About the Project

The Good Food Project is a student-run organization at Swarthmore College that works on sustainable food issues in our community through gardening, composting, sustainable food advocacy (Look Local!), and fair food activism.

We grow from spring to fall, with crops varying from heirloom tomatoes and thai basil, to dinosaur kale and jewel-toned beets. Our produce has been sold to local food Co-ops, our college dining hall, and donated to local anti-hunger advocates. Our goal is to educate the Swarthmore community on sustainable food production techniques, drawing on organic agriculture and permaculture design.

In collaboration with the college’s Facilities and Dining Services, our members initiated a student-run composting program. Our composting site is located behind the athletic fields, alongside Scott Arboretum’s leaf mulch and compost. A student composting manager directs a fleet of paid student workers, who transport pre-consumer food waste from Sharples Dining Hall to the composting site, and maintain the pile. Compost is ultimately transported to our garden, where it provides substantial nourishment to allow our plants to flourish.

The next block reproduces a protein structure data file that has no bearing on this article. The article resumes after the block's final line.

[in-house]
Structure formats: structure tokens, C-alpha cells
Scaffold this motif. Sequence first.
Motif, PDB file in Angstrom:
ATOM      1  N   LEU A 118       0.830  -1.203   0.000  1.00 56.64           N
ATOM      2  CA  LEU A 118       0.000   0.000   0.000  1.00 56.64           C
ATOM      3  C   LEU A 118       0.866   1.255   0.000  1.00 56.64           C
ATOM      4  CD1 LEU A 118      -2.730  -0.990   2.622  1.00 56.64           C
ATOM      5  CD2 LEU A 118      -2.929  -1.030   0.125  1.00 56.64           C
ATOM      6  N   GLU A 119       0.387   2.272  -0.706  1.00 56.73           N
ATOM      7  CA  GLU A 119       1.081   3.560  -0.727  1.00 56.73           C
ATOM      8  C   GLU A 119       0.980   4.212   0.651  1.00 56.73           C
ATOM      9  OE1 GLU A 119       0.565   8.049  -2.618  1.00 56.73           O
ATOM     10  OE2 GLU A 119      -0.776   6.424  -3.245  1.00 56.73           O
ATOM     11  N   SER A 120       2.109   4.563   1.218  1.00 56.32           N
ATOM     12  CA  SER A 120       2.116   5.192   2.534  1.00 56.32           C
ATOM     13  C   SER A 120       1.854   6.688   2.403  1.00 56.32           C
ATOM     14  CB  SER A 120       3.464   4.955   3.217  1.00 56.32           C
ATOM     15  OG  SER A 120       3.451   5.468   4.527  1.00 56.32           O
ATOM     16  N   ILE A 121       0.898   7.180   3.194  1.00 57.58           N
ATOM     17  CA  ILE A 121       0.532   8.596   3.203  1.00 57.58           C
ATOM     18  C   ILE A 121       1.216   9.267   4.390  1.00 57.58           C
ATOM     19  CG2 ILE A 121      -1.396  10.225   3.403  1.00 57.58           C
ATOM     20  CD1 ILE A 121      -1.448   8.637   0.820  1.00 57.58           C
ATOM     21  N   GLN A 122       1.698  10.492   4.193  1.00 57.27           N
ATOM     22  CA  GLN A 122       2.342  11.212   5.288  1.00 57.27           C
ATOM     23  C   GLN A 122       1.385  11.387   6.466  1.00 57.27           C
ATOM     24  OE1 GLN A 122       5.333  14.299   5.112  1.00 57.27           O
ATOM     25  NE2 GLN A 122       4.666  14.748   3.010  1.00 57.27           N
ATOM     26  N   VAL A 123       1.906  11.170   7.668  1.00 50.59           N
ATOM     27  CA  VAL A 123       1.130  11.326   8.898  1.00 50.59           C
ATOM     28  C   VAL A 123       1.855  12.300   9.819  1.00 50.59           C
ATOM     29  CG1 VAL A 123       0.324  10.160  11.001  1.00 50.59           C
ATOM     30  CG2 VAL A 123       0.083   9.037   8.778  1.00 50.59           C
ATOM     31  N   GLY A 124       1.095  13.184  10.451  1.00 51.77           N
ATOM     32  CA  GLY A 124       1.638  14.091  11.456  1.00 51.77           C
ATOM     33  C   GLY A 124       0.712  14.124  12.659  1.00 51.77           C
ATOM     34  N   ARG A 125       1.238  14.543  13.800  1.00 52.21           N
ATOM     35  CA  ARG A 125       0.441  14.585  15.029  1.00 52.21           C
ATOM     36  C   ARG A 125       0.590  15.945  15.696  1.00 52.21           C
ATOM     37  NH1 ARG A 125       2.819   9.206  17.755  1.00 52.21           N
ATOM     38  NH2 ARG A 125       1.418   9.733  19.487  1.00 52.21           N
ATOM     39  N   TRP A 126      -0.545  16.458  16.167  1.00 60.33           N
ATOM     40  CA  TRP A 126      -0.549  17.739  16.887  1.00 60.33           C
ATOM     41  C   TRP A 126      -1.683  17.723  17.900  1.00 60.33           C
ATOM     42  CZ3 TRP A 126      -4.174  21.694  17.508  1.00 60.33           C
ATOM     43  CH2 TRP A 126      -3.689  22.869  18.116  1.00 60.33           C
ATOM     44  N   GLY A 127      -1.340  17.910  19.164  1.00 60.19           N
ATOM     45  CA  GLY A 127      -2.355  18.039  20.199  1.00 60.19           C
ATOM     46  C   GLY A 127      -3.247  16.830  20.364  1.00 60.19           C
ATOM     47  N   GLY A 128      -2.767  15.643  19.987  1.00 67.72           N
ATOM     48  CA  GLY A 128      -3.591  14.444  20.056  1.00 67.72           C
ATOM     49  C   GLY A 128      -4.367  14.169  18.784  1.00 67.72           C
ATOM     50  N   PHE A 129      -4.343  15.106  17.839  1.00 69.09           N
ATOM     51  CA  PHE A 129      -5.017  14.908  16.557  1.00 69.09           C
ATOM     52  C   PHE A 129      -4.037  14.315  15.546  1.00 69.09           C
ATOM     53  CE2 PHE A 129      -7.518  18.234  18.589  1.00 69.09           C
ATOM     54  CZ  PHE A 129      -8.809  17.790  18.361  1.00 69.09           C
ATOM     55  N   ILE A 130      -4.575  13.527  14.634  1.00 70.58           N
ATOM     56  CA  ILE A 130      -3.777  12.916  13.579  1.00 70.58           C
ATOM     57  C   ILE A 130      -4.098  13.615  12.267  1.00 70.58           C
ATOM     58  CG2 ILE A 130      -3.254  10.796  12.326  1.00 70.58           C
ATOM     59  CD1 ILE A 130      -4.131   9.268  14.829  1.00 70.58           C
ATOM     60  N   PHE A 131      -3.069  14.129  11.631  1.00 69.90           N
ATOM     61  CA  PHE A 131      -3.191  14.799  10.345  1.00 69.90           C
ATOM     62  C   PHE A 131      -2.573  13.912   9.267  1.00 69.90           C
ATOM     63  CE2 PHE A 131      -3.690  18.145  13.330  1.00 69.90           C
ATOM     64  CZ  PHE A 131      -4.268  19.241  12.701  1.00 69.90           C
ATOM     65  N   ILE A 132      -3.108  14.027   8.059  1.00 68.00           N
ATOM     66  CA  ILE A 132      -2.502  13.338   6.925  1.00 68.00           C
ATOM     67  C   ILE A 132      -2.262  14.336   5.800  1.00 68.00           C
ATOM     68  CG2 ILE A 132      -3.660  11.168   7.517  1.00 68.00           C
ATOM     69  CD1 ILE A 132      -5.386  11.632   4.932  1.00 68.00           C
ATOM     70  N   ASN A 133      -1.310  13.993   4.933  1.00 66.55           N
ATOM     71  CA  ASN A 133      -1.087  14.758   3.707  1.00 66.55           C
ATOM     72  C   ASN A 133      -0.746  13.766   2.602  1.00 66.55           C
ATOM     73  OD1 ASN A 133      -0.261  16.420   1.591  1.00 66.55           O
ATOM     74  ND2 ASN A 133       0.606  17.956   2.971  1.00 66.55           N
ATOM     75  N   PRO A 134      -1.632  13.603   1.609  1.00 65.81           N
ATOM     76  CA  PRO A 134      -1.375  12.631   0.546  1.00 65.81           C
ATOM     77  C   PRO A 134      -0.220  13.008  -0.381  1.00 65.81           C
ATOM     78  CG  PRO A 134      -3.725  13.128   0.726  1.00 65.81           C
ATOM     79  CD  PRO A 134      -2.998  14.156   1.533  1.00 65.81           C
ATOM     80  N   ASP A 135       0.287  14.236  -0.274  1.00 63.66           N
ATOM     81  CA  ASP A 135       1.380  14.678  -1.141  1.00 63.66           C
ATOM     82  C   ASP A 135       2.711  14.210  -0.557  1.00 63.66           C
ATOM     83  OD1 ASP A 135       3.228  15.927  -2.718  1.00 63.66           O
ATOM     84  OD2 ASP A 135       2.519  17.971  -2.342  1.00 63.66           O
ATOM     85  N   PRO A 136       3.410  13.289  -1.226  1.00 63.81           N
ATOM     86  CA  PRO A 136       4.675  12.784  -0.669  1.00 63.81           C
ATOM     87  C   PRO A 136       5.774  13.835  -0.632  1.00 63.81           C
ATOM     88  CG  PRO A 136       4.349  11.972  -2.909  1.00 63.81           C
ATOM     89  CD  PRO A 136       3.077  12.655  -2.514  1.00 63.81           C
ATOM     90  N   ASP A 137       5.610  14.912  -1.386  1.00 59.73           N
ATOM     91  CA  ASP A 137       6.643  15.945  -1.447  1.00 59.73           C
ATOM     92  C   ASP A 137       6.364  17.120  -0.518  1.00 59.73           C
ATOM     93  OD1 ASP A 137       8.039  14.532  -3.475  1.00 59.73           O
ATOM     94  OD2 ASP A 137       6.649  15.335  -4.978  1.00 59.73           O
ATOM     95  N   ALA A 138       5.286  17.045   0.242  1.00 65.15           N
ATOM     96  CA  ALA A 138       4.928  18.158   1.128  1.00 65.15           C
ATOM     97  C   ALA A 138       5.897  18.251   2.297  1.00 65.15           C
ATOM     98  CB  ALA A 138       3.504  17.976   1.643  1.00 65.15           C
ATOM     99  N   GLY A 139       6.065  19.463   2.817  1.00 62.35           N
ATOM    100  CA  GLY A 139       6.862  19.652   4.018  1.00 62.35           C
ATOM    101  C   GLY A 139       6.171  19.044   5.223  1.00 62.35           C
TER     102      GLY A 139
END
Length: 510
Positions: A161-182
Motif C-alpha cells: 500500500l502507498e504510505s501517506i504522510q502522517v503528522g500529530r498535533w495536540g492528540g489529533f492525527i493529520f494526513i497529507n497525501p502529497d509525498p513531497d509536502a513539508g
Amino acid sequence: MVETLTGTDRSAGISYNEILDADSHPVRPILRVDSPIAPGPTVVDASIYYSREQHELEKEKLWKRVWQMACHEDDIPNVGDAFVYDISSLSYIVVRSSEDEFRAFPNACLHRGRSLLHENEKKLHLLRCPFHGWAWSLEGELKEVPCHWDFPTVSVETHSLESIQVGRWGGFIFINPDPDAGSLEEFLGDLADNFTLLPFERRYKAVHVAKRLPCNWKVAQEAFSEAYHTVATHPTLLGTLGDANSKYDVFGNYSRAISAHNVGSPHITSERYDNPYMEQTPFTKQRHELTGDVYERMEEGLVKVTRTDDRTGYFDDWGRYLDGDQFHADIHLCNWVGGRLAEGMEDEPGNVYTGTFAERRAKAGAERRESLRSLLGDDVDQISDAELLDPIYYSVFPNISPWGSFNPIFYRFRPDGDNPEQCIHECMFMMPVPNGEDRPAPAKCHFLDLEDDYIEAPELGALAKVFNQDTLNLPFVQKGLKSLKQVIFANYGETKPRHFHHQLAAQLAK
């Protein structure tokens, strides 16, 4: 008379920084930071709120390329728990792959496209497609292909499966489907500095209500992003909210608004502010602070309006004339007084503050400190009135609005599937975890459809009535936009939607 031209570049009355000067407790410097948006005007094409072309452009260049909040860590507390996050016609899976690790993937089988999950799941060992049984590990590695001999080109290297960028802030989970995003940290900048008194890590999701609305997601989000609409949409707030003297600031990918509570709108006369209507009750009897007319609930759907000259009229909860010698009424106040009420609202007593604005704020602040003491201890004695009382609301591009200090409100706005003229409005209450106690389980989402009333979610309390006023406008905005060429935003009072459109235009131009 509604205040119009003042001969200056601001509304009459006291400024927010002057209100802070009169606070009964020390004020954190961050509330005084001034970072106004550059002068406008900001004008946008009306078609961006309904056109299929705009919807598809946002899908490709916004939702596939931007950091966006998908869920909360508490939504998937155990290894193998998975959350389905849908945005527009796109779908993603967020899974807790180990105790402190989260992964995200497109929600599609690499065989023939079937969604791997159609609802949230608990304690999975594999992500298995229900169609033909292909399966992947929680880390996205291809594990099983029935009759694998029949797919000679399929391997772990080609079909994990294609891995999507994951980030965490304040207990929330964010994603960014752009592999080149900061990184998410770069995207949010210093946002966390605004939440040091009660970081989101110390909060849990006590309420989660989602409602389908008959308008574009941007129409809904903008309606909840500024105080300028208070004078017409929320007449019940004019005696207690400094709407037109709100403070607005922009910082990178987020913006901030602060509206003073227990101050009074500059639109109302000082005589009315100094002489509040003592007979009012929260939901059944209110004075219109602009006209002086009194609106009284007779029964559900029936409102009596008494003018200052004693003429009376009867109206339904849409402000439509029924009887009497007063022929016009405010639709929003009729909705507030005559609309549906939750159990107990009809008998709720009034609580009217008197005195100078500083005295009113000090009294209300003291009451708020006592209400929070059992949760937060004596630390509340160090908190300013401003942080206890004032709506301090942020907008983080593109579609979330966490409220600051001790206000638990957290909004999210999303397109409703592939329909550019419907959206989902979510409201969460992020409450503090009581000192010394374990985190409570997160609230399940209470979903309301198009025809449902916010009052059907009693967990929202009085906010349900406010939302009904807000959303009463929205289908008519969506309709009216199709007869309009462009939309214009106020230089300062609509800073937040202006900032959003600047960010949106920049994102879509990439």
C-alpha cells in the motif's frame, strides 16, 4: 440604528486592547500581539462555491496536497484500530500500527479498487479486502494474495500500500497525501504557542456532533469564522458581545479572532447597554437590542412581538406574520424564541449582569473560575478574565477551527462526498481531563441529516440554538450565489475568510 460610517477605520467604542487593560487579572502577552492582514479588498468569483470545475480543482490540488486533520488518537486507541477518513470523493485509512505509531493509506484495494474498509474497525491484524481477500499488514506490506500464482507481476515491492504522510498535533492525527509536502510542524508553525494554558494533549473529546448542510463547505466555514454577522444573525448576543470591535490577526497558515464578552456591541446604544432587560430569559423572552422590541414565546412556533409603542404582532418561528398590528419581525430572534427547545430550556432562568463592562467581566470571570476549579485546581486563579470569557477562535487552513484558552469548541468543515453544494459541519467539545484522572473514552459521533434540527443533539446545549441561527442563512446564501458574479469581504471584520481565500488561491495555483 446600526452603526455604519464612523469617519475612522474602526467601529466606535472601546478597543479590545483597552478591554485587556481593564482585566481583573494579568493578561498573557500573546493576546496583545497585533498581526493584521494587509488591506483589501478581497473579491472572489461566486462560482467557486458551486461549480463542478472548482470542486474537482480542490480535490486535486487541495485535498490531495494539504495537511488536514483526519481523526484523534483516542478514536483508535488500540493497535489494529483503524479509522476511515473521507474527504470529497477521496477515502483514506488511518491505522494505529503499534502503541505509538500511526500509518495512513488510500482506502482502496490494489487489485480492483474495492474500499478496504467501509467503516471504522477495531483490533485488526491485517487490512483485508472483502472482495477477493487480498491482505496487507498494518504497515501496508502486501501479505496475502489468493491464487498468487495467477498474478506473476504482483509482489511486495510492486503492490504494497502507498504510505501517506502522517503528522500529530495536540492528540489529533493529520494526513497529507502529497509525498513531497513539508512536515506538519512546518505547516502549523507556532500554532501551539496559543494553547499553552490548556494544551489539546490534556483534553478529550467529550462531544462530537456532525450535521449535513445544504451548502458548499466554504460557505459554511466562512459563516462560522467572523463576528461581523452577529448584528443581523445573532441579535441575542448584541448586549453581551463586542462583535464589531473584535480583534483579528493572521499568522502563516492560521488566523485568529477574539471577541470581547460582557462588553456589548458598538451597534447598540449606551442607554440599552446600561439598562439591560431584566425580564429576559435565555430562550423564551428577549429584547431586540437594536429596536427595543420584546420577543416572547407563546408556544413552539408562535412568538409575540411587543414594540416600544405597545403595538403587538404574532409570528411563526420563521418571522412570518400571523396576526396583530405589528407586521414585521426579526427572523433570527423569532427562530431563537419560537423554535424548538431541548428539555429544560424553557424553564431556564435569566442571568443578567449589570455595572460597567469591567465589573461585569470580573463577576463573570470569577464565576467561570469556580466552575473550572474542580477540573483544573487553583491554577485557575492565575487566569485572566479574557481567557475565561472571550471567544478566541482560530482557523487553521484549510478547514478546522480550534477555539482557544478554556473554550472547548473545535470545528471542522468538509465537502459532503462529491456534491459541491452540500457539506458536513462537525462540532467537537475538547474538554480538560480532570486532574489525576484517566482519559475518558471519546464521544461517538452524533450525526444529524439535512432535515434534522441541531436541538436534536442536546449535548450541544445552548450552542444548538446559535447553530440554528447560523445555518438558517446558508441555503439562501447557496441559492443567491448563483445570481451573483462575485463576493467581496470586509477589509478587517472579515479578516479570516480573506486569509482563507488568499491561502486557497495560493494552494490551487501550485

The Look Local! campaign primarily advocates the purchase of local, organic food in the dining halls of Swarthmore College. We have networked with existing local food networks and area farmers to bring food directly from farm to college. This food has received rave reviews from students, as it is fresher and bred for taste rather than ability to survive long sea/air/land voyages. Trans- and intercontinental transport of food is a big contributor of greenhouse gases annually. As a community committed to social and environmental responsibility, the Swarthmore community must increase our reliance on food grown locally (in some of the most abundant regions on the east coast of North America).

3 responses to “About the Project

  1. Kudos on the work you are doing with the Good Food Project! It’s nice to see like-minded people having such success promoting sustainability! Keep up the great work!

  2. YUM! Looks to be a wonderfully rooted and blossoming project thanks to all that food compost! Lime basil? I would like to find some seeds and or seedings? African basil has a lovely lavendar flowers. Very pretty. Could not find your dorm room with the seedlings under the skylight, Jesse?

  3. Pingback: Good Times for Good Food « The Good Food Project

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